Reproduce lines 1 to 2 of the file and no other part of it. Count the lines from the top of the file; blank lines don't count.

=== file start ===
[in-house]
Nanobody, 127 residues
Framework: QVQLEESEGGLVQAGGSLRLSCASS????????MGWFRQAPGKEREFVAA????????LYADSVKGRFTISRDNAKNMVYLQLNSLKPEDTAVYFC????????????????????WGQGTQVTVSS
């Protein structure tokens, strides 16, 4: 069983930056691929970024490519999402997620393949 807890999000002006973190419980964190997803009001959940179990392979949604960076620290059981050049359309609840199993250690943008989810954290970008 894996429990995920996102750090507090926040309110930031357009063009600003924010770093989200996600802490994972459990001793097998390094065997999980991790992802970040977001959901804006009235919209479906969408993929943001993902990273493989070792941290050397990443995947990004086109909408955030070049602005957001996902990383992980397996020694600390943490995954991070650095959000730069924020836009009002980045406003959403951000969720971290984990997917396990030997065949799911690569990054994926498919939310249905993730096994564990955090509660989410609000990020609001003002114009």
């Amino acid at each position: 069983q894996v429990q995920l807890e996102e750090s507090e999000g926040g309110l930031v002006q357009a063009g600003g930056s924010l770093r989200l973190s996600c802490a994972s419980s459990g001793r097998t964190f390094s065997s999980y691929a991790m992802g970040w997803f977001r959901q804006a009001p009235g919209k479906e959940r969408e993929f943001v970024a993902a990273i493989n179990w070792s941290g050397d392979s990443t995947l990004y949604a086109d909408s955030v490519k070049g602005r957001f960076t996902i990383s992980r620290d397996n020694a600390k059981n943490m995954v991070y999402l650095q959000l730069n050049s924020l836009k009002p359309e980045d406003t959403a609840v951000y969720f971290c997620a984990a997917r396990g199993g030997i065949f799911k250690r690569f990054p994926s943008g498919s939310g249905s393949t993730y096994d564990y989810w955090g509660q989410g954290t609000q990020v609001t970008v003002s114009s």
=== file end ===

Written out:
[in-house]
Nanobody, 127 residues